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RE: new draft on IPv6 CPE router available for review
On Fri, 4 Jul 2008, firstname.lastname@example.org wrote:
If the forwarding is the key differentiator, then isn't e.g. "host"
computers running Microsoft Windows, Apple OS/X, and even certain mobile
phones, also "routers" as they support "sharing of the network
connection", which means forwarding packets from the uplink connection
to local area network - possibly implementing DHCPv4 server, to allocate
private IPv4 addresses for LAN, and NAT for address translation between
LAN and uplink connection?
If the "CPE router" would be defined as something that implements and
executes routing protocols, has MIBs, is fully controllable by ISP then
these hosts would not fit into that category.
For me, for instance a D-link 604 (NAT gateway) is a CPE router, if that
helps. It doesn't do SNMP, no routing protocols, but some of those are
provisionable via DHCP (will tftp download conf files).
Anyhow, in my mind a "host" is not so much of a name for a category of
devices, but rather a behavioral pattern of a node. At any given moment
a node can start to behave as a "router" (if that is defined only as
doing packet forwarding). For a network the node may still look like a
"host", if the node does this transparently for the network (i.e. with
help of NAT).
Yes, I realise this, but I want my native IPv6 service offering to require
a "router" class device, even if it means that this "router" only forwards
traffic logically between the WAN link-local interface and it's internal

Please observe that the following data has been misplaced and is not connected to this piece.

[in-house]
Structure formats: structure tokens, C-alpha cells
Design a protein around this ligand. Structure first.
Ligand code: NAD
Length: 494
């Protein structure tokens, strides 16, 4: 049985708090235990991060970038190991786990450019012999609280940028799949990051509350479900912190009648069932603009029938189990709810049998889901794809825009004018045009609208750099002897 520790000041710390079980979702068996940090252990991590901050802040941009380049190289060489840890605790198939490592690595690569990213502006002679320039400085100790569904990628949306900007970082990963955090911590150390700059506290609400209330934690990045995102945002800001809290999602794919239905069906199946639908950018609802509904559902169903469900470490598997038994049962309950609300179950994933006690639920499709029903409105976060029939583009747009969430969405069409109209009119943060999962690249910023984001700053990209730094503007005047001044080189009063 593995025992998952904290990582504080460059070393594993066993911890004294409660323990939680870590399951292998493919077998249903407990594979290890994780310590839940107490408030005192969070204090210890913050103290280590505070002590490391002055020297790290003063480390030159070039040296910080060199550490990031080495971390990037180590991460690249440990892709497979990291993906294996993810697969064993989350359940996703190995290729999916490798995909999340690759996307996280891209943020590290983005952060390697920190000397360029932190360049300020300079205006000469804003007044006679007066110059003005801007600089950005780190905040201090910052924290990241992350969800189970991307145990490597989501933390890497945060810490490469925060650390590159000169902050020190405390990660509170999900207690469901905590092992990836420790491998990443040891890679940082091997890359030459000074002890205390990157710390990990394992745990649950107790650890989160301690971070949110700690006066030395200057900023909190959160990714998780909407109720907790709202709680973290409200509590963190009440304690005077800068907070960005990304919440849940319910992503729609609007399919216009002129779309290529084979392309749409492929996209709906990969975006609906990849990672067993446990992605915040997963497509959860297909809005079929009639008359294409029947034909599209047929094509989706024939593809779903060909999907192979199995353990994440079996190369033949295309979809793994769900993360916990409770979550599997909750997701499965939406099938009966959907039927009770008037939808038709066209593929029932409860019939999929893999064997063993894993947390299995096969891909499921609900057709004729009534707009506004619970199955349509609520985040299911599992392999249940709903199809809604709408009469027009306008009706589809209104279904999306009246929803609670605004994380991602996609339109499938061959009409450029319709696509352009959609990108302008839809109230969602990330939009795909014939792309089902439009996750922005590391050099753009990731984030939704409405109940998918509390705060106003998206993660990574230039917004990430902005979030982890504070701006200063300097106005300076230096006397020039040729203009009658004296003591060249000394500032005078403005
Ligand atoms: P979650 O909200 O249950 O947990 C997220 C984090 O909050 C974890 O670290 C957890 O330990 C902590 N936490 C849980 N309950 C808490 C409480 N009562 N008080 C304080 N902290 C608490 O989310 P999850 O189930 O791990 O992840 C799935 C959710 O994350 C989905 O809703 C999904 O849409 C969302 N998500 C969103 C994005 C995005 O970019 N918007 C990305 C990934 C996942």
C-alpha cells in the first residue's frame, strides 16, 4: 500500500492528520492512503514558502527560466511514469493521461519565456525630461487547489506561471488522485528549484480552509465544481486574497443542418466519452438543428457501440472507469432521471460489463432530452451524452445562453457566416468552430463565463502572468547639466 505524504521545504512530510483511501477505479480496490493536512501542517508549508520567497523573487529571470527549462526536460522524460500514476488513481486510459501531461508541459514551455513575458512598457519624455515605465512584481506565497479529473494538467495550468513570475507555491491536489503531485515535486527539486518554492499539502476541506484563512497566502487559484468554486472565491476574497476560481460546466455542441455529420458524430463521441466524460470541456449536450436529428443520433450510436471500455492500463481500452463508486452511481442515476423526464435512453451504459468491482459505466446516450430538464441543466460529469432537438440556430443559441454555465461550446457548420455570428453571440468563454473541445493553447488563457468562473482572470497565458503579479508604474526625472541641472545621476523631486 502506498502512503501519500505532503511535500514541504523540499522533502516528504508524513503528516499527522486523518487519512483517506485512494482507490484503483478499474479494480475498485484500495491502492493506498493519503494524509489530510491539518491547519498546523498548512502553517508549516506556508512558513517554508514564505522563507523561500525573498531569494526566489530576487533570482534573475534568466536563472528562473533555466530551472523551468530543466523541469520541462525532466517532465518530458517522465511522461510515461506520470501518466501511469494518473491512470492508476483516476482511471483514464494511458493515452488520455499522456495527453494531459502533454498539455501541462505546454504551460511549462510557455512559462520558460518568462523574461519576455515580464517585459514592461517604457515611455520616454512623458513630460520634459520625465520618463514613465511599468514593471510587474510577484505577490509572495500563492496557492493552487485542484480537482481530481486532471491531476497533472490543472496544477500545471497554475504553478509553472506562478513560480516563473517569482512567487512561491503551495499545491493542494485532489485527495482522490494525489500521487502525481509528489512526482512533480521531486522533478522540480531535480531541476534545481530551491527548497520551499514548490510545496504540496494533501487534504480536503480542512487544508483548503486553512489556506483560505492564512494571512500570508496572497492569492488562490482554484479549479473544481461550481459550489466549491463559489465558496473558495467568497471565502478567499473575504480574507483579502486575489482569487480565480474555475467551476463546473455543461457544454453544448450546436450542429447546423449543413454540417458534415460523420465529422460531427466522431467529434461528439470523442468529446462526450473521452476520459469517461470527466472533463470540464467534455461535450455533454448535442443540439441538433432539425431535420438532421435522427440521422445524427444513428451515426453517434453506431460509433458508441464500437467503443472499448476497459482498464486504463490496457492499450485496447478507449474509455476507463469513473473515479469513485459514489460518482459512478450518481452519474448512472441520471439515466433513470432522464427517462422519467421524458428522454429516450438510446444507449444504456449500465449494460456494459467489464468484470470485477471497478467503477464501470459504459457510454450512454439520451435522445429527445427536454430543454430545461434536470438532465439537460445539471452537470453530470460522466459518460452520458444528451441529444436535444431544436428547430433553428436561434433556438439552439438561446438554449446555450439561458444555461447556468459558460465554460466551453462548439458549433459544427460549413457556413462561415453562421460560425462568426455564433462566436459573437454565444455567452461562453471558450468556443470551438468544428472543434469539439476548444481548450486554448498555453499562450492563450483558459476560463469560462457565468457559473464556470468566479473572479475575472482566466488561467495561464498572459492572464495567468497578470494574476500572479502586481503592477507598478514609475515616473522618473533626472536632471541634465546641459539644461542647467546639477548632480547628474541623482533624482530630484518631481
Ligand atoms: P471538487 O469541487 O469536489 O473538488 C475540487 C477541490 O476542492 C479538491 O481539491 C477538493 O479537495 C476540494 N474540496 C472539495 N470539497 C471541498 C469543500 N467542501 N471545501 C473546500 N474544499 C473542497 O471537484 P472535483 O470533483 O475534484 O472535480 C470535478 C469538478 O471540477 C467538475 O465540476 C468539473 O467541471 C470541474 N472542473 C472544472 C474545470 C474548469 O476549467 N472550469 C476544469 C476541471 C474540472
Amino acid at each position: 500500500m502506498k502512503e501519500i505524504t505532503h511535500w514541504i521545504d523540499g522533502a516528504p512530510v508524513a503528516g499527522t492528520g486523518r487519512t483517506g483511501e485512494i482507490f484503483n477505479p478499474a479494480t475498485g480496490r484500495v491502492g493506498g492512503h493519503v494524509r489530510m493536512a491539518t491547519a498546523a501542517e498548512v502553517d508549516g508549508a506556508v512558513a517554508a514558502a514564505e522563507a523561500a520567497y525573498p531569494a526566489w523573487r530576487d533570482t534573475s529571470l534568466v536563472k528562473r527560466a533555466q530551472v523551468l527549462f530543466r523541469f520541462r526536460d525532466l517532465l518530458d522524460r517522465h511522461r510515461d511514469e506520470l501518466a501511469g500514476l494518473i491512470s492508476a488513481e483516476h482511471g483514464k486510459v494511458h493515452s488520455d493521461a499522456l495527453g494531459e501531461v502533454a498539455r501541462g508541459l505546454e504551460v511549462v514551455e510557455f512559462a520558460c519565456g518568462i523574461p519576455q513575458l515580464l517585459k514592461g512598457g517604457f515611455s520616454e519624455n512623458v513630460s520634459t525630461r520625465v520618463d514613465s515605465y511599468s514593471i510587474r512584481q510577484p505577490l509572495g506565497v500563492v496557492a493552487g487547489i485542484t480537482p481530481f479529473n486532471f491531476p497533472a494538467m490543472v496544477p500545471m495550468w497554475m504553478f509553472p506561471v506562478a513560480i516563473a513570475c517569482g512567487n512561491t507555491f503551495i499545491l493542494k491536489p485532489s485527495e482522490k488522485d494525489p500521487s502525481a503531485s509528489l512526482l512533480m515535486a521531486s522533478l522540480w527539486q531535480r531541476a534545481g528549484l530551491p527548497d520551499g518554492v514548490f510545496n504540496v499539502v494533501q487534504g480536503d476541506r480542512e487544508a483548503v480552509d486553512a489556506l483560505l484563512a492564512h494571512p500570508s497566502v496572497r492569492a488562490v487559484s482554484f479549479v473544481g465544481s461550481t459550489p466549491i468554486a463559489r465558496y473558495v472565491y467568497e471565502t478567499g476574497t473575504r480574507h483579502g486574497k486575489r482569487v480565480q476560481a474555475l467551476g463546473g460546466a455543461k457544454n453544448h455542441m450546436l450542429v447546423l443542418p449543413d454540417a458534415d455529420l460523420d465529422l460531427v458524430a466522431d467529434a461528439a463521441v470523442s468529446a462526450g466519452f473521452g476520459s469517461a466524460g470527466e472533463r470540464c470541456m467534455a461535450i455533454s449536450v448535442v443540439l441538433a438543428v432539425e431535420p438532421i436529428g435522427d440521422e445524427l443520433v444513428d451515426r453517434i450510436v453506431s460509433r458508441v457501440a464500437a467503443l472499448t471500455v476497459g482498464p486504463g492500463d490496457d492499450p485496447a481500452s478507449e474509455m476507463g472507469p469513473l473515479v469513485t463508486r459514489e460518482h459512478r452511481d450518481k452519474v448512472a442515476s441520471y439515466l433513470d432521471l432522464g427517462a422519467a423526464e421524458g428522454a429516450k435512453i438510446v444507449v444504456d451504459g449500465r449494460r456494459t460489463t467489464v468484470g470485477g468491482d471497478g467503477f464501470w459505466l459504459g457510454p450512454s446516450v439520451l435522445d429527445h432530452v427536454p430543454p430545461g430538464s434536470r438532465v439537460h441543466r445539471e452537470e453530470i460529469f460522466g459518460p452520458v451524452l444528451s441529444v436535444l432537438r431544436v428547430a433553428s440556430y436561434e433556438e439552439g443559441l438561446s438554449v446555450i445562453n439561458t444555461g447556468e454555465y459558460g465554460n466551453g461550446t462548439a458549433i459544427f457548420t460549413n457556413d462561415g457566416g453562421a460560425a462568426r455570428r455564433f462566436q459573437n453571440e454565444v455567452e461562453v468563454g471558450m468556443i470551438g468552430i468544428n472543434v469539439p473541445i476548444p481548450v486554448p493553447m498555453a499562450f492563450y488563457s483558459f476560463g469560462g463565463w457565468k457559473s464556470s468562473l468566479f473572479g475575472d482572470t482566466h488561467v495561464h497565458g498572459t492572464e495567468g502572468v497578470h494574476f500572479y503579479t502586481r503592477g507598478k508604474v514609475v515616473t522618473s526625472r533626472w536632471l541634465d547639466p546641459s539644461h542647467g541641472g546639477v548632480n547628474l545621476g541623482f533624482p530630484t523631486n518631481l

loopback address (DHCPv6-PD assigned space).
I did not think that was the idea either? If the end hosts would use
DHCPv6 PD, would that be an act of sourcing packets to IP core? If so,
could the delegating DHCPv6 server locate somewhere where "hosts" could
safely (from ISP point of view) talk?
The talking to ISP core is one differentiator, then we might(?) have:
Hm, the problem is that i don't want customers in core IP space, and I
don't want core in customer IP space.
(1) CPE router:
- allowed to directly source packets to ISP core
What adresses would be used between CPE router and ISP? I would like it to
be link-local only.
(2) "Host router":
- not able to directly source packets to ISP core, but still able to
forward packets and use DHCPv6 PD
[host]---[host router]---[CPE router/access
The (1) case is what you are aiming I believe, and the (2) is what I'm
trying to describe.
Sounds about right, if (1) CPE-router <-> ISP is link-local.
An example of case (1) would be a DSL box at home/small office, and an
example of case (2) would be a cellular device that:
- connects with point-to-point link to operator's access concentrator
(e.g. GGSN), and gets a /64 prefix for itself (SLAAC)
- uses DHCPv6 PD to get more prefixes, and announces these prefixes to
- possibly implements DHCPv6 relay in order to enable other devices in
LAN to utilize DHCPv6 PD as well
Yes, that sounds about right, but what adress space is used on the p-t-p
link? Is that the /64? That would mean that the GGSN IP adress in this
space is globally reachable, with the security implications that brings.
Then again, I think tunneled approach is suboptimal as well, it usually
involves CPU/network processors which have fairly low performance
(compared to simple L3 switch devices using ASICs), so they can probably
get into trouble even if the customer space is DDOSed anyway, and have to
incorporate means to protect against that.
A cheap and efficient service delivery or IPv6 for me is:
[host]-PD-[CPE router]-ll-[L3 switch]-core
The L2 and L3 device might be the same device, ie a L2/L3 switch with IPv6
capability, with either VDSL2 or Ethernet PHY. It will most likely have
limited TCAM space (might be 1024 entries or something like that), does
forwarding using ASICs and very limited CPU resources, thus the reason why
I want to protect it from IP packets from the global Internet.
Mikael Abrahamsson email: email@example.com